# day18 - COP 3503 Computer Science II CLASS NOTES DAY#18...

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COP 3503 – Computer Science II CLASS NOTES - DAY #18 Shell Sort Algorithms From Data Structures and Problem Solving using Java , Mark Weiss: void shellsort (int[] a) { for (int gap = a.length / 2; gap > 0;gap = gap == 2 ? 1 : (int) ( gap / 2 ) ) for(int i = gap; i < a.length; i++ ){ int tmp = a[ i ]; int j = i; for( ; j >= gap & tmp a[ j ] = a[ j -gap ]; a[ j ] = tmp; } } From Data Structures, Algorithms, and Applications in Java, Sartaj Sahni: public class ShellSort { /** sort the elements a[0 : a.length - 1] using * the shaker sort method */ public static void shellSort(Comparable [] a) { int incr = a.length / 2; // initial increment while (incr >= 1) {// insertion sort all sequences spaced by incr for (int i = incr; i < a.length; i++) {// insert a[i] into a[i - incr], a[i - 2*incr], . .. Comparable insertElement = a[i]; int j; for (j = i - incr; j >= 0 & insertElement.compareTo(a[j]) j -= incr) a[j + incr] = a[j]; a[j + incr] = insertElement; } // reduce increment by a factor of 2.2 if (incr == 2) incr = 1; // last increment must be 1 else incr = (int) (incr / 2.2); } } } Day 18 - 1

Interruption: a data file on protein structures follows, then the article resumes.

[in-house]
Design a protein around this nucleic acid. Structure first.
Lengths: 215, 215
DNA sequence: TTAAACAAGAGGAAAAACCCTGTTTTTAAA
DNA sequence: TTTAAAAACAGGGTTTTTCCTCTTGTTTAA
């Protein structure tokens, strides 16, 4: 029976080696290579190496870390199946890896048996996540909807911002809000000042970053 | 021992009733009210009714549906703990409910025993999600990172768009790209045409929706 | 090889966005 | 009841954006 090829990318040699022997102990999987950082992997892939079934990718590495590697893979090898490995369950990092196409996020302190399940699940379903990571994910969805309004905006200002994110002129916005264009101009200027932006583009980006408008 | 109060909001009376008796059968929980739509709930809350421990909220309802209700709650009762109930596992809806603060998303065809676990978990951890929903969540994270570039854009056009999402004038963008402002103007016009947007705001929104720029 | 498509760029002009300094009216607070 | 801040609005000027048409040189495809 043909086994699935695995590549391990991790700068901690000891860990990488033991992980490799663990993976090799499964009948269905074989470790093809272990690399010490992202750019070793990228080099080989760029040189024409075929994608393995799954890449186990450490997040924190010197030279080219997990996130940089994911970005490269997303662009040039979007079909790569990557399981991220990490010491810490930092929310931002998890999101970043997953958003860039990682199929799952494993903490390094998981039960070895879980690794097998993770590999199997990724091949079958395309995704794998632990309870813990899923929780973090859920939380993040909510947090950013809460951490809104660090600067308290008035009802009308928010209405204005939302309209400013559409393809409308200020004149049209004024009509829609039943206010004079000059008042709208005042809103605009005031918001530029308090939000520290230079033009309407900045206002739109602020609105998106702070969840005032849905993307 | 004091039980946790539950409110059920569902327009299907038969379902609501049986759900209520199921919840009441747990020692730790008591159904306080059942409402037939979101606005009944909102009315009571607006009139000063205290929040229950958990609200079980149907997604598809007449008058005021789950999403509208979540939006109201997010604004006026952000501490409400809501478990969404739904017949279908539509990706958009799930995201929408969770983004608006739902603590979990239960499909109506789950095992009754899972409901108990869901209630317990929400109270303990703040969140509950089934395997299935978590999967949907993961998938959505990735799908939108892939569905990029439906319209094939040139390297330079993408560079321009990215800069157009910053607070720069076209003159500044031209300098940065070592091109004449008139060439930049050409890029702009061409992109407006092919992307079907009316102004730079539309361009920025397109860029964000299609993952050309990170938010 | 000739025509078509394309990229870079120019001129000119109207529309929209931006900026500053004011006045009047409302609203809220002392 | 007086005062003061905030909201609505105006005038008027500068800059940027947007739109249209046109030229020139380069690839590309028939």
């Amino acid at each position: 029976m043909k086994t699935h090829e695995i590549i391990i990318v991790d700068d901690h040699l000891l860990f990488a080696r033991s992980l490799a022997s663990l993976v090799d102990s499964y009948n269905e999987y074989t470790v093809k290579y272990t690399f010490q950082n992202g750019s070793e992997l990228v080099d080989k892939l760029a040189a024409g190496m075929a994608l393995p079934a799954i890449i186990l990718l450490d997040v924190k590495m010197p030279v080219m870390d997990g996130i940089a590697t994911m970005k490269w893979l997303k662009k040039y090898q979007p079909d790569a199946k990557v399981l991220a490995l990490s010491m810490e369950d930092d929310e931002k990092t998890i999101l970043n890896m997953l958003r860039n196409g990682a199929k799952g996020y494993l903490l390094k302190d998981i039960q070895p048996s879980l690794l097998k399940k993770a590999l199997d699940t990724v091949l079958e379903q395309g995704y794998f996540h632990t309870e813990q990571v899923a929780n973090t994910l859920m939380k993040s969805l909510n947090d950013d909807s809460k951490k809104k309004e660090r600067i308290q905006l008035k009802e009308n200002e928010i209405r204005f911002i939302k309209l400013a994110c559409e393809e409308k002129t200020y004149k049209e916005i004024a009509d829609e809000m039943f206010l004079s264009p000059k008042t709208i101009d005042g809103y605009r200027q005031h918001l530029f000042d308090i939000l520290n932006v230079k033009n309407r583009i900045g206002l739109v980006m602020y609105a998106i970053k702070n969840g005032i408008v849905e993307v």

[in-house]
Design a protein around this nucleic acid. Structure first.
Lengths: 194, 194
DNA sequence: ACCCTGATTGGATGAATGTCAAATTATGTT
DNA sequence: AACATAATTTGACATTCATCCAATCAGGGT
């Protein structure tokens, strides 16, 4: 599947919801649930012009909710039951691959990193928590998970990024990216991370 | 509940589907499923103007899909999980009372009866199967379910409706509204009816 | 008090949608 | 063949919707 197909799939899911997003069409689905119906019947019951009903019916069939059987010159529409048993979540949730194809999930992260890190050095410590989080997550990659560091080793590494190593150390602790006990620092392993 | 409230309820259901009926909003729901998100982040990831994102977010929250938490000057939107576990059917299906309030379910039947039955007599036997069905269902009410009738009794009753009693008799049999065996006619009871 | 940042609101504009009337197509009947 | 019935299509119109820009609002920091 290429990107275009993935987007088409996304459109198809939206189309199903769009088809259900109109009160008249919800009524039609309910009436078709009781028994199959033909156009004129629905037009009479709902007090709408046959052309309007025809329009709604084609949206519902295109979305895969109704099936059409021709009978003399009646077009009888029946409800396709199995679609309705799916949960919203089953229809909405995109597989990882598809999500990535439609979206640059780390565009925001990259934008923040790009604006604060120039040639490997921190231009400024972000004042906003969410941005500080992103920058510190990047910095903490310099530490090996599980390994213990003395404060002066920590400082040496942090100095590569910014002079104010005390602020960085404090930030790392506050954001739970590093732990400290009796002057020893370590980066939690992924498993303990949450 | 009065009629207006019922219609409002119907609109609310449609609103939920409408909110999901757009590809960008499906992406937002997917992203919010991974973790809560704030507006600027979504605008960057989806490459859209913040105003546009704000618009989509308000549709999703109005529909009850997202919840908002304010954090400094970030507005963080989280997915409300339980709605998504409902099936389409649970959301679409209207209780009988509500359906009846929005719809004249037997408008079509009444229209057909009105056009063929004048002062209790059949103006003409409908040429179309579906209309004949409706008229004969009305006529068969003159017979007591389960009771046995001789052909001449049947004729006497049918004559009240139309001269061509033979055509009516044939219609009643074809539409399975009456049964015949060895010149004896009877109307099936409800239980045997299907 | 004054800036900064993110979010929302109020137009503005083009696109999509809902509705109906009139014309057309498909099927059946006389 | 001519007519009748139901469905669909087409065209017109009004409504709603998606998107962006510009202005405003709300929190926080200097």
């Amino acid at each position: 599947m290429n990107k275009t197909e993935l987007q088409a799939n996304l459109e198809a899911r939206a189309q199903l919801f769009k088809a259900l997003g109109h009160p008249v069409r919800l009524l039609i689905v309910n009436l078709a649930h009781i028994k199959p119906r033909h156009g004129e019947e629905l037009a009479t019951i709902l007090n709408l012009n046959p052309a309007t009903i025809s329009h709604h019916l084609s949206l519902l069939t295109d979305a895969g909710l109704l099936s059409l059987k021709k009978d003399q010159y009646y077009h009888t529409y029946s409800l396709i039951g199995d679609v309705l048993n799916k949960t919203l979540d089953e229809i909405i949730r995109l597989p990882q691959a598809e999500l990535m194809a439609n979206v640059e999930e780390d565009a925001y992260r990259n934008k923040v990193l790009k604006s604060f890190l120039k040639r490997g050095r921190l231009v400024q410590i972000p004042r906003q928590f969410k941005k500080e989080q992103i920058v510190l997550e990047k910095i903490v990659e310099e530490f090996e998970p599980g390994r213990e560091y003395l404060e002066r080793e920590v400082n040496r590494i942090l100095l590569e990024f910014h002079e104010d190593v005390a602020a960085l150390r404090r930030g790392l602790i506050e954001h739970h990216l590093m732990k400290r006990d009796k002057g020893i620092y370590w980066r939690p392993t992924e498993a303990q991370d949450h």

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As we have discussed within the context of the binary search tree, the performance of the algorithms which utilize the BST are dependent upon the height of the tree. We have looked at the DSW algorithm to balance a binary tree. In this section of the notes we will look at binary trees which in addition to the ordering properties which ensure that the tree is a search tree, there will be structure properties imposed on the tree which ensures that the tree is balanced. So all of the binary search tree variants that are discussed in this section of the notes are self-balancing search trees. AVL Trees The AVL tree (named after its discoverers, Adelson-Velskii and Landis, but originally called an admissible tree ) was the first balanced binary search tree. Any search tree which is self-balancing must use balance conditions which are easy to maintain and ensure that the height of the tree is O(log n), where n is the number of nodes in the tree. The simplest idea is to require that the left and right subtrees have the same height. Using the recursive definition of the binary search tree implies that this condition be applied to all the nodes in the tree, since every node is considered the root of some subtree. While this simple requirement will ensure that the height of the tree is logarithmic in terms of n , it is too restrictive because inserting new key values while maintaining overall balance is too difficult (i.e., too costly in terms of time). Therefore, the definition of the AVL tree uses a slightly different interpretation of balance, one that is weaker than total balance between all left and right subtrees, yet is still strong enough to ensure logarithmic height of the tree. Notice that the DSW algorithm (see Day 22 notes) balances trees using the same
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day18 - COP 3503 Computer Science II CLASS NOTES DAY#18...

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